Таллиннская хартия: Системы здравоохранения для здоровья и благосостояния






At the Conference, WHO, Member States and a range of international partners adopted the Tallinn Charter: Health Systems for Health and Wealth. The Charter provides guidance and a strategic framework for strengthening health systems in the WHO European Region. It was endorsed by all European Member States at the WHO Regional Committee for Europe's session in Tbilisi in September 2008 (resolution EUR/RC58/R4).

The leaders of the Charter Drafting Group described the aims, content and development of the proposed Tallinn Charter: Health Systems for Health and Wealth. Member States and partners had developed the Charter:

  • to place health systems high on the political agenda and contribute to policy dialogue in the WHO European Region;
  • to provide guidance on prioritizing actions; and
  • to give a focus for strengthening WHO’s support to countries.

More specifically, it was expected to be a statement of the values and principles underlying health system development and the contribution of health to social well-being; to convey a common understanding of health systems and what they sought to achieve; to embody explicit commitments by countries to improve the performance of their health systems; and to offer the public and the media a tangible product conveying the core messages of the Conference. The Charter accordingly explored the relationship between health systems, health and wealth, set out the values and principles of health systems, and expressed the key commitment to move from values to action. It also defined the boundaries of health systems and described their various inputs and functions in service delivery, financing, resource generation and stewardship. The key messages of the Charter were that:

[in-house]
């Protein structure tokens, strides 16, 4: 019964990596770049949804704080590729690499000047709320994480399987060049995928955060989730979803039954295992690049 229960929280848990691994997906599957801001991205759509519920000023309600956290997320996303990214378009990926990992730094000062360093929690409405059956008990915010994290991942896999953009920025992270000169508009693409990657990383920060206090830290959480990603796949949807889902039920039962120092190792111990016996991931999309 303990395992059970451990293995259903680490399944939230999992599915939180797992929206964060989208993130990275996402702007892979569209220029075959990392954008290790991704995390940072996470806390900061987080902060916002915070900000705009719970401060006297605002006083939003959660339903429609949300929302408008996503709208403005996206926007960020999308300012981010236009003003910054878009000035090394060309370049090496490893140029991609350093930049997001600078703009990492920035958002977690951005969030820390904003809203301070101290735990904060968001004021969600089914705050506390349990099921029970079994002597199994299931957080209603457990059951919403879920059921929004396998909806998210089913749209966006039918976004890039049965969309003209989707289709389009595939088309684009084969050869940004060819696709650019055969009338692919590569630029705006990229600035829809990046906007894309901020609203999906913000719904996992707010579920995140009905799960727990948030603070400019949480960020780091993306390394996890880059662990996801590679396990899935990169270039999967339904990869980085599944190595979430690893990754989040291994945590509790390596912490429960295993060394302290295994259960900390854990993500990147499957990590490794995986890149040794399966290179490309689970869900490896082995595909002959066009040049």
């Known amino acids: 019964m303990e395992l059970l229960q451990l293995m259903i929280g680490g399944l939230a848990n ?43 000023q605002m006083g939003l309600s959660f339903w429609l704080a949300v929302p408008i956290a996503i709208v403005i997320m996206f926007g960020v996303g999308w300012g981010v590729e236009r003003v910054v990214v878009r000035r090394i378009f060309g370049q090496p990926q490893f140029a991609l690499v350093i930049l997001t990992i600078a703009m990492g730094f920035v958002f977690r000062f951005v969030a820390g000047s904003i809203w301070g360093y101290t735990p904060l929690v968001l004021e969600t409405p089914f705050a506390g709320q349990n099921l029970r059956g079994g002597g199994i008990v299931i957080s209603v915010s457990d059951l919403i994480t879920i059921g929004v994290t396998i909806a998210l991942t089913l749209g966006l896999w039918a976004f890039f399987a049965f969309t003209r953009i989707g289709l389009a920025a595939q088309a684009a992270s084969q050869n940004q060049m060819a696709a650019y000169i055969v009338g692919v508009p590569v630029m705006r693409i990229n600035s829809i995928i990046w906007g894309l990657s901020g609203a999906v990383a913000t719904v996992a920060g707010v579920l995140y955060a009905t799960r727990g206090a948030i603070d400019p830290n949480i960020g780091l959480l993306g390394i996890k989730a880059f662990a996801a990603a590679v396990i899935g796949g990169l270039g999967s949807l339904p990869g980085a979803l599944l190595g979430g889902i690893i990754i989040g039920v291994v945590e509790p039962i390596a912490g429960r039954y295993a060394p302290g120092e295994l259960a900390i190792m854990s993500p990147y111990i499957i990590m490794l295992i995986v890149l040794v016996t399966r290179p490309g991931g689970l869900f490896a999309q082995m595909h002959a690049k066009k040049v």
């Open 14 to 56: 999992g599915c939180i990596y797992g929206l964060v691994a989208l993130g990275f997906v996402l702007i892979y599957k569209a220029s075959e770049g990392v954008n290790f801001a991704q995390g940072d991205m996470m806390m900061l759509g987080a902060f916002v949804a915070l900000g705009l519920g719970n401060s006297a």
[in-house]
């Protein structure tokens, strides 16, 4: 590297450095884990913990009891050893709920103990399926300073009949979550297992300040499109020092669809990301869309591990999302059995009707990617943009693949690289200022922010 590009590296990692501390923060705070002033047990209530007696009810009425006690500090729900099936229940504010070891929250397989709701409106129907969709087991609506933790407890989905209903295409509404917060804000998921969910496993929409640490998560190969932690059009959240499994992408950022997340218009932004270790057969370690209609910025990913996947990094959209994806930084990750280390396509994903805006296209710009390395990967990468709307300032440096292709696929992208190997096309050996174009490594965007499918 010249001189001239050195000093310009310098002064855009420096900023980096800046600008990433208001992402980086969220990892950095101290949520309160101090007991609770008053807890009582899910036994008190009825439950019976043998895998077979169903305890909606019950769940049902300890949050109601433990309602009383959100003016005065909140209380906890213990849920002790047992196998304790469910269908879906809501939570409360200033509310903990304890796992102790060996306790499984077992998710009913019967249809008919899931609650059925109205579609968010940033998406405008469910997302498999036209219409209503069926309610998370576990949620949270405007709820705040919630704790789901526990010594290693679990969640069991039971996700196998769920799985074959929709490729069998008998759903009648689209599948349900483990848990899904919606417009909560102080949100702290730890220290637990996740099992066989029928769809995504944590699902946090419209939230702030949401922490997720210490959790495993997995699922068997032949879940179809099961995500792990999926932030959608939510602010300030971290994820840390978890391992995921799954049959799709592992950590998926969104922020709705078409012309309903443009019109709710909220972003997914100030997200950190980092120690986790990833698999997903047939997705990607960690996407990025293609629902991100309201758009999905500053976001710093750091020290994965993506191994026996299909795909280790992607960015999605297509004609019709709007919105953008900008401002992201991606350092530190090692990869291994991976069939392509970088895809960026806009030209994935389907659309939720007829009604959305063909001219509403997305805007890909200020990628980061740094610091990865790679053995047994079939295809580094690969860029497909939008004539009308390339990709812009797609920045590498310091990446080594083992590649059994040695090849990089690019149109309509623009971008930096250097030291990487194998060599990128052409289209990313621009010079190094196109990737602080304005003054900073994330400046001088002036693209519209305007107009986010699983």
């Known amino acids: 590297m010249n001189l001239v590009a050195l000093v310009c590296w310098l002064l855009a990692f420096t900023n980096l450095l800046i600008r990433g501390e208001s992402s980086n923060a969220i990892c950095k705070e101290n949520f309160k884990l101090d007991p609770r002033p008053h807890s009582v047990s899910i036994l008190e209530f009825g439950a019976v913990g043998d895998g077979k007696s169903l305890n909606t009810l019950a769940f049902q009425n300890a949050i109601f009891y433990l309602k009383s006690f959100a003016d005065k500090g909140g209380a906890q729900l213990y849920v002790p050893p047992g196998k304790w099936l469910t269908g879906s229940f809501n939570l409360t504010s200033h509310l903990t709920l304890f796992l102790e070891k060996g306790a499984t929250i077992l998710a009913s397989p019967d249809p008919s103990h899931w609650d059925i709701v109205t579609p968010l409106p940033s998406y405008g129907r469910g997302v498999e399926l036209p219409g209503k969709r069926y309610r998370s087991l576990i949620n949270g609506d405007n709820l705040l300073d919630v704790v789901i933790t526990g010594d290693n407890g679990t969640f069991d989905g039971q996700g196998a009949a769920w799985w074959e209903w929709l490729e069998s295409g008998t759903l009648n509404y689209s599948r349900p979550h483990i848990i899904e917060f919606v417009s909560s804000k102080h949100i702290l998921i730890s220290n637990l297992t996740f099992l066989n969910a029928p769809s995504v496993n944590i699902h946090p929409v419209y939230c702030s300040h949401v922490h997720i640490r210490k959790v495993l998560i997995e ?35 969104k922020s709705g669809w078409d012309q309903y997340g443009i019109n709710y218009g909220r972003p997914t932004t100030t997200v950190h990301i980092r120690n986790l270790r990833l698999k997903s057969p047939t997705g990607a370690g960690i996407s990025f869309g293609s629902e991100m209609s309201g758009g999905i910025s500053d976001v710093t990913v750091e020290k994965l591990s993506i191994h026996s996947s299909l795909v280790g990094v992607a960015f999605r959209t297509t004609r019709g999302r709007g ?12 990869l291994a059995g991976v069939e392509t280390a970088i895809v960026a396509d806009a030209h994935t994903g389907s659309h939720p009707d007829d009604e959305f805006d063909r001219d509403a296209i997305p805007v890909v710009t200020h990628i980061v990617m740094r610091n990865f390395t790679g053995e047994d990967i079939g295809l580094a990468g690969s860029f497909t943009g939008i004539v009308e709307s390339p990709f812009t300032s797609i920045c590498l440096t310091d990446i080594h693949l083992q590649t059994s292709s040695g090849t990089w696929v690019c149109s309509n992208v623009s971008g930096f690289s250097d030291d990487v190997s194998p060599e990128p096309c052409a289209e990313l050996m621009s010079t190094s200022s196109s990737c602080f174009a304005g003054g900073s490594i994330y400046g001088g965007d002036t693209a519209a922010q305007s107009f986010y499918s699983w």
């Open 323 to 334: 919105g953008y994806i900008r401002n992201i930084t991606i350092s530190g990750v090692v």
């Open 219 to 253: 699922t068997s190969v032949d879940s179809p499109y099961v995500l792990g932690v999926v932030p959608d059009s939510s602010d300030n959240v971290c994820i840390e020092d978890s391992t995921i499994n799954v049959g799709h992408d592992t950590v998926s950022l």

• health systems involved more than health care, as effective health systems promoted both health and wealth;
  • investment in health was an investment in future human development; and
  • well-functioning health systems were essential for any society to improve health and attain health equity.